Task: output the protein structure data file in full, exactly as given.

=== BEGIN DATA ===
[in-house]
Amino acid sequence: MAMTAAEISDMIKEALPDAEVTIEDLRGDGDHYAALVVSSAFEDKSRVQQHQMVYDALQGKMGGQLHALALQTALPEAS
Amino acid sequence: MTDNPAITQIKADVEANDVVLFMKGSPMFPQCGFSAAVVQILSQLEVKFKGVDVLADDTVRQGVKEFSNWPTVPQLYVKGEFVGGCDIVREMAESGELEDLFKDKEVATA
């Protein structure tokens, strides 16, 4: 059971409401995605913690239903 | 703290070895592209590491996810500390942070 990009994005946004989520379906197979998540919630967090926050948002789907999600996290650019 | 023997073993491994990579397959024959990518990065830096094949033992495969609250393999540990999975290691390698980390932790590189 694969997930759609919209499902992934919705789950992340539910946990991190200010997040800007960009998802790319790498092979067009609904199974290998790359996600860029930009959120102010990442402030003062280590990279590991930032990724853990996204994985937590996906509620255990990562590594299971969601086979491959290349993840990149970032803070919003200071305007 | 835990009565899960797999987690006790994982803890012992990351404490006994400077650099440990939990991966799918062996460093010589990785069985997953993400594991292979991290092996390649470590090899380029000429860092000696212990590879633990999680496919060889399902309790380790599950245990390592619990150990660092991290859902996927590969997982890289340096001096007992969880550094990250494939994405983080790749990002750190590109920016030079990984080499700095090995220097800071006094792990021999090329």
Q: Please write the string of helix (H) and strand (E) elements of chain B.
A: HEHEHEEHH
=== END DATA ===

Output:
[in-house]
Amino acid sequence: MAMTAAEISDMIKEALPDAEVTIEDLRGDGDHYAALVVSSAFEDKSRVQQHQMVYDALQGKMGGQLHALALQTALPEAS
Amino acid sequence: MTDNPAITQIKADVEANDVVLFMKGSPMFPQCGFSAAVVQILSQLEVKFKGVDVLADDTVRQGVKEFSNWPTVPQLYVKGEFVGGCDIVREMAESGELEDLFKDKEVATA
């Protein structure tokens, strides 16, 4: 059971409401995605913690239903 | 703290070895592209590491996810500390942070 990009994005946004989520379906197979998540919630967090926050948002789907999600996290650019 | 023997073993491994990579397959024959990518990065830096094949033992495969609250393999540990999975290691390698980390932790590189 694969997930759609919209499902992934919705789950992340539910946990991190200010997040800007960009998802790319790498092979067009609904199974290998790359996600860029930009959120102010990442402030003062280590990279590991930032990724853990996204994985937590996906509620255990990562590594299971969601086979491959290349993840990149970032803070919003200071305007 | 835990009565899960797999987690006790994982803890012992990351404490006994400077650099440990939990991966799918062996460093010589990785069985997953993400594991292979991290092996390649470590090899380029000429860092000696212990590879633990999680496919060889399902309790380790599950245990390592619990150990660092991290859902996927590969997982890289340096001096007992969880550094990250494939994405983080790749990002750190590109920016030079990984080499700095090995220097800071006094792990021999090329």
Q: Please write the string of helix (H) and strand (E) elements of chain B.
A: HEHEHEEHH